Everyone can see West Bromwich Albion are a different proposition this season. Matt Phillips, James Morrison and Nacer Chadli have been turned loose to provide an attacking verve no Tony Pulis side has ever seen, and the Baggies fans who barracked the manager last year are now singing his name very loudly indeed. Eighth place would match their highest top-flight ranking in 38 years, and even relegation form down the stretch would get them to 50 points, their biggest total ever in a 38-game season.
Traditional Pulis teams have a clear statistical profile. Because there’s been such a big change, we’d expect it to show up in the stats. It turns out some things have changed, but a lot of things really haven’t, and a close look at the numbers leads to some fascinating findings.
Let’s first talk about set-pieces, a Pulis speciality. Any less reliance on the set-piece? On the contrary, West Brom are excelling themselves this season, having already increased their output from 12 to 16 or 17, depending on who’s doing the counting. That’s with more than 30% of the season still to go. They’re doing the same thing but better.
Pulis sides are also known for letting the other team have the ball. Stoke City famously went eons in the Premier League without more than 50% possession in a game. So it’s no surprise that last season, West Brom had the lowest possession in the league at 42.2%. A further note: they were last in the category both home and away: 44.3% and 40.1%.
So do we see higher possession figures this year? N. In fact, their possession is actually lower, at 40.6%, with home and away both last again on 40.8% and 40.3%. Note that the entire drop in possession has come at home; possession away is actually up slightly.
Let’s move on to pass completion percentage, another measure on which Pulis teams have historically scored low. Again, no surprise last season as West Brom were last in the league at only 70.0%. This year? They’ve moved up to 18th, ahead of Leicester and Burnley, but they’re at the exact same 70.0%. Completion percentage is up very slightly at home, less than one percent, which doesn’t seem significant.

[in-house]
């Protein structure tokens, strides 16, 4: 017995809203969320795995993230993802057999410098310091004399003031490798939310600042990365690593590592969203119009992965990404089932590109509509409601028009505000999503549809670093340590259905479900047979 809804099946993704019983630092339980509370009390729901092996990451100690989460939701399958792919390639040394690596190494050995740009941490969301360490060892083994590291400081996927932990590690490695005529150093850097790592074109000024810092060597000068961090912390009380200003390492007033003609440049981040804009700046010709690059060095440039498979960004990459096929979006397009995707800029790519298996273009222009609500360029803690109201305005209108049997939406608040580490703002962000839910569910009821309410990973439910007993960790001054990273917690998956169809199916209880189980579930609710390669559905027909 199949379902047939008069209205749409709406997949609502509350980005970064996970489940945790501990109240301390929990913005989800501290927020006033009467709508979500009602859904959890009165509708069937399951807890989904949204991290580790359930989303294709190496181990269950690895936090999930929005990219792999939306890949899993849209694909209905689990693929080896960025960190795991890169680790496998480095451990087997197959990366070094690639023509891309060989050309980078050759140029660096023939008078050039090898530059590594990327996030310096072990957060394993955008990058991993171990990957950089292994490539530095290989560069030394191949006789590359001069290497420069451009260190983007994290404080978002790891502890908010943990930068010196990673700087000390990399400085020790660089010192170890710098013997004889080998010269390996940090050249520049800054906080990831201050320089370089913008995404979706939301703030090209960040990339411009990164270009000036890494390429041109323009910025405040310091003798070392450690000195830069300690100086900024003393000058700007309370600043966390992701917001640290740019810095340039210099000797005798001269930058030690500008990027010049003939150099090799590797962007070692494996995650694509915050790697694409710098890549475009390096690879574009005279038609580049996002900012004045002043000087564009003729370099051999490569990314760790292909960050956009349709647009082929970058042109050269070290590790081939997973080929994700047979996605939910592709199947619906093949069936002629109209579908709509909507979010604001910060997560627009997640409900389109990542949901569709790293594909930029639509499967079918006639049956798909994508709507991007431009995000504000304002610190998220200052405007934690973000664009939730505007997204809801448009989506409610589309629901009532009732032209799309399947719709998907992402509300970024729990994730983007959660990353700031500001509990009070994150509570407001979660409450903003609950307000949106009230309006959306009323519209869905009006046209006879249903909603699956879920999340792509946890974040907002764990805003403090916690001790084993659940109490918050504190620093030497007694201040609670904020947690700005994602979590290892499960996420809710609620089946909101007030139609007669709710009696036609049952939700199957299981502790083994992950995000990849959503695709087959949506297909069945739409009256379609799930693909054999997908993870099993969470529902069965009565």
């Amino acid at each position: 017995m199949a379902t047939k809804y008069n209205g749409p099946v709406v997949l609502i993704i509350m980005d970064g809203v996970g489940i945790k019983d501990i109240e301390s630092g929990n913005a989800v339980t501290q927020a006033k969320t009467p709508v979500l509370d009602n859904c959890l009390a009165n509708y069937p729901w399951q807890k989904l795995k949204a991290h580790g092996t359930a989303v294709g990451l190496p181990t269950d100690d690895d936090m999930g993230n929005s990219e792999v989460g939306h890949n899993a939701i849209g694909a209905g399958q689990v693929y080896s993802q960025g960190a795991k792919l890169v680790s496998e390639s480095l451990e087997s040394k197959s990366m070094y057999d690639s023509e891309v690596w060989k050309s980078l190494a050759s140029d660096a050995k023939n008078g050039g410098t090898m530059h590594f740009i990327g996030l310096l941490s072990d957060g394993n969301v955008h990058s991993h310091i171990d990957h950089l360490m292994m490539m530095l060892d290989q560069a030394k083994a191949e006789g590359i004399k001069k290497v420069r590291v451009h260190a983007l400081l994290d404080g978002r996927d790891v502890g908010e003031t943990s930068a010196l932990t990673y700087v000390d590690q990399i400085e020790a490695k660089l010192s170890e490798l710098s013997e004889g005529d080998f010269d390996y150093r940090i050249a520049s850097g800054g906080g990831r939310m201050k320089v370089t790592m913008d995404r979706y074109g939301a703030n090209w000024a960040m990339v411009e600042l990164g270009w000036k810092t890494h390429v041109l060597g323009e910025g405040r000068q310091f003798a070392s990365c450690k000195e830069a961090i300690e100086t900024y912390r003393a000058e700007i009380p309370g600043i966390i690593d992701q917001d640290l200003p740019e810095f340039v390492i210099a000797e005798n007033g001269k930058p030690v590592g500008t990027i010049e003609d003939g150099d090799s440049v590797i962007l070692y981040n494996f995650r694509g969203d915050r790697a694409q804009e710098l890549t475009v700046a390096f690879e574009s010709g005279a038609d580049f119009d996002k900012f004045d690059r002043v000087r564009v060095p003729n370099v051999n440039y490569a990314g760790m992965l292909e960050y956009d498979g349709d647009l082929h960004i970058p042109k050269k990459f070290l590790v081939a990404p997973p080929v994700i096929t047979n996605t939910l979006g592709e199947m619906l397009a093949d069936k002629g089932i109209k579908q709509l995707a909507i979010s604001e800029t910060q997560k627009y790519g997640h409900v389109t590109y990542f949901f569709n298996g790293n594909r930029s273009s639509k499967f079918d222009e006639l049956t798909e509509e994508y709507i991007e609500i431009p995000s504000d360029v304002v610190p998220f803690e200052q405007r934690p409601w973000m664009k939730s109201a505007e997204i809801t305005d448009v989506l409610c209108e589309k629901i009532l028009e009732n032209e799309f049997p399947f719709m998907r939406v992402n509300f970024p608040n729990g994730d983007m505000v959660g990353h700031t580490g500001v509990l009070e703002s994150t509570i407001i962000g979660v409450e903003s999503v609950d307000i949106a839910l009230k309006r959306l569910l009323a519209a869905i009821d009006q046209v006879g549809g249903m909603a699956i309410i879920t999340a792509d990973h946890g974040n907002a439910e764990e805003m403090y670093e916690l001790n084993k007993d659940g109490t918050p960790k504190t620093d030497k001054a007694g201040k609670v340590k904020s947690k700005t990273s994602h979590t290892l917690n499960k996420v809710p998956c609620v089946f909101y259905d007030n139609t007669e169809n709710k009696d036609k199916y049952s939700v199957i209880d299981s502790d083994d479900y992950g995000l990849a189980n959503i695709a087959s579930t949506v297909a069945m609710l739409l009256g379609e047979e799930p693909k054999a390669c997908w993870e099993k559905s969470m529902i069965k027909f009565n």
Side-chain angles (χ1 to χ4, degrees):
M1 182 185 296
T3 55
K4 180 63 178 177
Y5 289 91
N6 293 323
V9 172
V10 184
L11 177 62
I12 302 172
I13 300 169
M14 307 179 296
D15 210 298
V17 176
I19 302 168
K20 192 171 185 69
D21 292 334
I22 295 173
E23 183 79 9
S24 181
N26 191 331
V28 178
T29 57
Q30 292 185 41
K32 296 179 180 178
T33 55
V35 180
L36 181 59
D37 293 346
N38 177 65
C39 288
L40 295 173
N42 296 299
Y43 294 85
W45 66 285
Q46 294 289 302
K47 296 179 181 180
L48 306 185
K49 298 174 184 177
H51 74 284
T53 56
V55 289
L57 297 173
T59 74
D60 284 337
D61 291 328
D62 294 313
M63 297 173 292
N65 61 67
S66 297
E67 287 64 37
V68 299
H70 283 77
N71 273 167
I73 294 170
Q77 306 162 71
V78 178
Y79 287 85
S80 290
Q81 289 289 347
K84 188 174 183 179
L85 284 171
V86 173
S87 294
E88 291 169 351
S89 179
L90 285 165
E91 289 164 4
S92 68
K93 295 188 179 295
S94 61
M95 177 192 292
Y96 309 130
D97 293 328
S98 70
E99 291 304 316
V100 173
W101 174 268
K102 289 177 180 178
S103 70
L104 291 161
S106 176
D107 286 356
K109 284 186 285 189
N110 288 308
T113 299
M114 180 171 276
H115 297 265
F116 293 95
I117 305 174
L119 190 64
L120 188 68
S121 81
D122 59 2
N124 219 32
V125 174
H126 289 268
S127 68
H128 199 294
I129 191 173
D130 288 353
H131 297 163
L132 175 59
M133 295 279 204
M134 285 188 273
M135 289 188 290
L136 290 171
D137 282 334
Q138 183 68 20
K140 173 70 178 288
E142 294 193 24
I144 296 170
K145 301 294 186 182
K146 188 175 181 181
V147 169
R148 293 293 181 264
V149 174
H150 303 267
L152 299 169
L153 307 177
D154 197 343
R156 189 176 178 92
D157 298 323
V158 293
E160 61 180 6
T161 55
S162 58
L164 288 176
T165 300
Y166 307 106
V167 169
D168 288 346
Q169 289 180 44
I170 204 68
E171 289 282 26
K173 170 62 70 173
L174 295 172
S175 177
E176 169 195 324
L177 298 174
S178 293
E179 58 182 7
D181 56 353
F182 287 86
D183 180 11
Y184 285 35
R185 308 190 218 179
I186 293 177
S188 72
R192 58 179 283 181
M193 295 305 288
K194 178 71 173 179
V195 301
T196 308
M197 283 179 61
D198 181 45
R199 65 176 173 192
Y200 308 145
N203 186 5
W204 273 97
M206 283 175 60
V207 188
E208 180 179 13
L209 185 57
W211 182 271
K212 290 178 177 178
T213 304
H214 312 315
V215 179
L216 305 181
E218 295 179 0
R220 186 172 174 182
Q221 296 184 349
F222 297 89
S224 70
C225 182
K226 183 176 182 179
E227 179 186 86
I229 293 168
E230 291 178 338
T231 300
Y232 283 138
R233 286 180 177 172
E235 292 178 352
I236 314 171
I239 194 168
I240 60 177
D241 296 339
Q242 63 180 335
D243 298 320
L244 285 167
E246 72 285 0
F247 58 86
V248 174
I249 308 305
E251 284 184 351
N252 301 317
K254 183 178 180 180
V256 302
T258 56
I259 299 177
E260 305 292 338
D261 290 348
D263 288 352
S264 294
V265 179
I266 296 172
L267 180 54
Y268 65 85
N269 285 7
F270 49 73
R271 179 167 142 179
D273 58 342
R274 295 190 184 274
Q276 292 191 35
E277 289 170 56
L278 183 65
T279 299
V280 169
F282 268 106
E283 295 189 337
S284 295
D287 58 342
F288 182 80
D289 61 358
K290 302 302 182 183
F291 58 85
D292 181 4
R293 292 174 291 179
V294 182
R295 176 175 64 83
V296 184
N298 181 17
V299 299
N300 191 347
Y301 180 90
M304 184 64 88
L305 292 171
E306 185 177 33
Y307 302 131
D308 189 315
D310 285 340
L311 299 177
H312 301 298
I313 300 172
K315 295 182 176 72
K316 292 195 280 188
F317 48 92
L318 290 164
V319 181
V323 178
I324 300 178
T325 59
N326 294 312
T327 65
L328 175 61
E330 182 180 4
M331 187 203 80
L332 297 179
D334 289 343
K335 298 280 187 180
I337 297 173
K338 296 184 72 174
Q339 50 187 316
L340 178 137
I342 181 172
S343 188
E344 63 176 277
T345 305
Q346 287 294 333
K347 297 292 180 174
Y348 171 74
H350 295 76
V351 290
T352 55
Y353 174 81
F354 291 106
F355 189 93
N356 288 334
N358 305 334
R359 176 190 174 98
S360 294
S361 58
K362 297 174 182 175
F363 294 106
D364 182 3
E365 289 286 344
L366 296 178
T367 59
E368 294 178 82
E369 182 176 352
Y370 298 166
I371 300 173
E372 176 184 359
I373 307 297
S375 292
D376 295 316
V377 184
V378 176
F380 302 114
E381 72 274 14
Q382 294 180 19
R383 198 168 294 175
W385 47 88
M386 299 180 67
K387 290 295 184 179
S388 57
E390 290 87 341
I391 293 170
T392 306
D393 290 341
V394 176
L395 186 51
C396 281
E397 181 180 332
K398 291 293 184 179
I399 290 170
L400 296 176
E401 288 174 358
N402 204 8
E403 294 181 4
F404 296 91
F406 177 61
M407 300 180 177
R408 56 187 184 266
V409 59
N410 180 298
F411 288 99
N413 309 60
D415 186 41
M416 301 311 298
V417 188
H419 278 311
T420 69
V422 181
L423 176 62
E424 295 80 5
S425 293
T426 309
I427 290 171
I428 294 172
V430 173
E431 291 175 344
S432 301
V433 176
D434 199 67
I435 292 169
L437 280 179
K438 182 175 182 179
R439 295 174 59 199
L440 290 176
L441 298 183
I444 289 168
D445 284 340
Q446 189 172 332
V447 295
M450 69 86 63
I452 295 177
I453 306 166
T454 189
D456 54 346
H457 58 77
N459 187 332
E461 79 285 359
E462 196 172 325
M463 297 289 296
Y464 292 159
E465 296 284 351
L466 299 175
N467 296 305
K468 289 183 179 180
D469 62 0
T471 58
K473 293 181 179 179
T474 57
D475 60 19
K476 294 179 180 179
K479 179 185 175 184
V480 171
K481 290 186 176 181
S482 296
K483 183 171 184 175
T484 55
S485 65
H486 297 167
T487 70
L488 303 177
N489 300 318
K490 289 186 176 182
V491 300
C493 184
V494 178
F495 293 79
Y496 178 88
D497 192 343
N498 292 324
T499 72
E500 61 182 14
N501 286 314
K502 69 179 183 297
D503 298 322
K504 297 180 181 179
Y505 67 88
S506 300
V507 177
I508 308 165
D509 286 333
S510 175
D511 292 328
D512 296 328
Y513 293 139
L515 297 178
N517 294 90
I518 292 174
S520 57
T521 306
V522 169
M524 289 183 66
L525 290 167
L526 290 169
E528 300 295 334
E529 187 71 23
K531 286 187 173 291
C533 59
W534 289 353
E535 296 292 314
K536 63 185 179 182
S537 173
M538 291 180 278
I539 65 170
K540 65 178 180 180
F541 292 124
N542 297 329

So they’re still relying on set-pieces, they don’t have more possession, and their pass completion numbers are static. Perhaps they’re using the famous Pulis long ball less often? Last year, 21.7% of their passes were long. This year, even more at 23.4%. What’s the deal?
The first thing to note is that those pass completion numbers look a bit better now. If you’re making more long passes, and your completion percentage is the same, you’re passing more accurately.
Moreover, as we’ve already seen, there’s been a significant drop in possession at home. That usually means more counter-attacking, and long passes are an integral part of counter-attacks. So here we strike gold. Last year 19.7% of Albion’s passes at home were long, this year 22.5%. A 2.8% increase may not sound like much, but it averages out to roughly nine more long balls per match.
Those nine more long balls aren’t going to the head of Salomón Rondón, either. In fact, at home he’s averaging about one fewer aerial duel per 90 minutes, 9.1 to 10.2. So there may be as many as ten more long balls per home match on the counter-attack, and that’s a huge change. There’s a change in outcome as well. Last year West Brom had exactly zero counter-attacking goals. This year they have three, all scored at home, and there’s still a chunk of the season to play.
So are there any similar style changes away from home? No. As noted above, possession is almost the same, 40.3% to 40.1%. Long balls are down a bit, 23.3% from 23.9%. And in fact they’re going long to Rondón’s head a lot more away this year, 10.2 to 7.5 per 90 minutes.